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May 24, 2014, 03:05:01 PM
 #36

Bitcoin makes provable reserves possible.  I don't know of any online wallets that use reserve proofs but it can be done.   Some exchanges use this (became a selling point after it turned out MtGox didn't have a full reserve and probably hadn't for years).  There is no reason online wallets can't as well.   Of course provable reserves require users (at least some) to verify the proof is correct (by locating their balance in the reserve tree).  If users don't then it is possible for online wallets (and exchanges) to still cheat.  There are no material difference between an online wallet (that uses a shared wallet) and an exchange when it comes to proving reserves, but I guess users of online wallets have so far not demanded them.  Services like blockchain.info are more like a desktop client in the sense that keys are not shared with the wallet service and users have unique sets of keys.  FRB wouldn't be possible on a wallet like blockchain.info without fraud and that fraud would be very easy to detect.

Another option is multisig where the eWallet has one key and the user has a second key (on say a smartphone) spending coins requires using both keys.  This is more secure than provable reserves as it doesn't require validation and it has the added benefit that the exchange can't get "hacked" or hacked and disappear with all the funds.   However this does mean that all transactions are on blockchain so any benefits of off blockchain transactions are lost (reduced/no fees, instant confirmations, reduced blockchain volume, etc).

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May 24, 2014, 03:13:16 PM
 #37


Another option is multisig where the eWallet has one key and the user has a second key (on say a smartphone) spending coins requires using both keys.  This is more secure than provable reserves as it doesn't require validation and it has the added benefit that the exchange can't get "hacked" or hacked and disappear with all the funds.   However this does mean that all transactions are on blockchain so any benefits of off blockchain transactions are lost (reduced/no fees, instant confirmations, reduced blockchain volume, etc).



That was what I meant by 1-2 wallet (1 of 2), except that both should be able to spend, so the user can loose its key without loosing money.
Yes, the wallet can be hacked, but the reserve is provable.

Actually, instant confirmation is possible with a 2-2 wallet as you describe. If the two parties trust the eWallet provider to not double spend, then they don't have to wait for confirmation in the blockchain, a simple signed transaction is enough.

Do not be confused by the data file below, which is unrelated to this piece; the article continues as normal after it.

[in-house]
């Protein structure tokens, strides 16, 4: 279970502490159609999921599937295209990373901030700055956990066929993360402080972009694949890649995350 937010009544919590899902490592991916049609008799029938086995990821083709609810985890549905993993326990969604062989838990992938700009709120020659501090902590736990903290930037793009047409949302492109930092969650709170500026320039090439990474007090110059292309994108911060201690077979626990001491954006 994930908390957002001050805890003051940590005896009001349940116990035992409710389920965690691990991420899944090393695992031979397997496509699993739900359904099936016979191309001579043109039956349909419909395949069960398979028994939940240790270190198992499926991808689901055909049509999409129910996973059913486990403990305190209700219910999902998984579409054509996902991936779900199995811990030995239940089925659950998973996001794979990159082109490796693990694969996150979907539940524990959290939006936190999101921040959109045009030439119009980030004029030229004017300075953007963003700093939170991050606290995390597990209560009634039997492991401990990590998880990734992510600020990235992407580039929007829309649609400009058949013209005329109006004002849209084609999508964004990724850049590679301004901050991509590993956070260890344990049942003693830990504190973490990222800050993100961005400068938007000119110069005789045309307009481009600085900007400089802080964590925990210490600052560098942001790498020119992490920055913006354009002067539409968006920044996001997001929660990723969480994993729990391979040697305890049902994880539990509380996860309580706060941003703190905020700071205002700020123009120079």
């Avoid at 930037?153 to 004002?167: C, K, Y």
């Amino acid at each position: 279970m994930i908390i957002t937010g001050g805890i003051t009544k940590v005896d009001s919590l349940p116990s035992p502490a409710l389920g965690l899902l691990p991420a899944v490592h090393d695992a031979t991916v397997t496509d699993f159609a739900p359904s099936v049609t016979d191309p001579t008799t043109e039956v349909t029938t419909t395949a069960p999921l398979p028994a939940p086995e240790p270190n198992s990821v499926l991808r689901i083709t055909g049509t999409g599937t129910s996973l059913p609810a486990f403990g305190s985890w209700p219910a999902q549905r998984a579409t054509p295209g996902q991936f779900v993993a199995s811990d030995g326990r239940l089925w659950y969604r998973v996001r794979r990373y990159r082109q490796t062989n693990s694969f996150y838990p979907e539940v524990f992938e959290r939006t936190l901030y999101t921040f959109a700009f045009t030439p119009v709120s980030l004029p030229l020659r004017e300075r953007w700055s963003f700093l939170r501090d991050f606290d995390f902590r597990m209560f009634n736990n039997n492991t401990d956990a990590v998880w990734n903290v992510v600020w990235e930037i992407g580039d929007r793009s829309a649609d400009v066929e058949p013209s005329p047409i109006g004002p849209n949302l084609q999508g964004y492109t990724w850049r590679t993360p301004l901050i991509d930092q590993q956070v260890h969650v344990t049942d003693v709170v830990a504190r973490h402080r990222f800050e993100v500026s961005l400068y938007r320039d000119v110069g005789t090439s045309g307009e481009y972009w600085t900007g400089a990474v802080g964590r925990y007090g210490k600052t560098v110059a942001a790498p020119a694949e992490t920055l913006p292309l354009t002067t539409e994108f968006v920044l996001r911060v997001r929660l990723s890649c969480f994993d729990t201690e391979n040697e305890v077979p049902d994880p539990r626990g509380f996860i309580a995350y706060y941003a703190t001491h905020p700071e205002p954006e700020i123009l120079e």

For reduced blockchain volume, Blockchain would need to scale one day or another, so I don't think this is a concern. Yes by bypassing the blockchain, it will be slimer... but this just give time to a problem surfacing later without any doubt.

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May 24, 2014, 03:22:06 PM
 #38

Well I didn't mean blockchain volume is a "problem" but at some point in the future tx will either be off blockchain or the tx volume demand will be so high that either tx fees are incredibly high (bitcoin becomes more of a high value fund transfer network like interbank wire transfers) and/or the requirements to run a node become so high that the network is run by a handful of nodes.

For example 7 billion people aren't going to be able to pay for their morning coffee with bitcoins, at least not as on blockchain transactions.
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May 25, 2014, 07:37:03 PM
 #39

Well I didn't mean blockchain volume is a "problem" but at some point in the future tx will either be off blockchain or the tx volume demand will be so high that either tx fees are incredibly high (bitcoin becomes more of a high value fund transfer network like interbank wire transfers) and/or the requirements to run a node become so high that the network is run by a handful of nodes.

For example 7 billion people aren't going to be able to pay for their morning coffee with bitcoins, at least not as on blockchain transactions.

Oh god, if one day bitcoin encounter the problem of too much people buying coffee through the blockchain, then the blockchain scalability would not be my problem anymore... the amount of lemon in my mojito would be.  Shocked

But without blockchain we would come back really quick to an "influencable" money supply right ?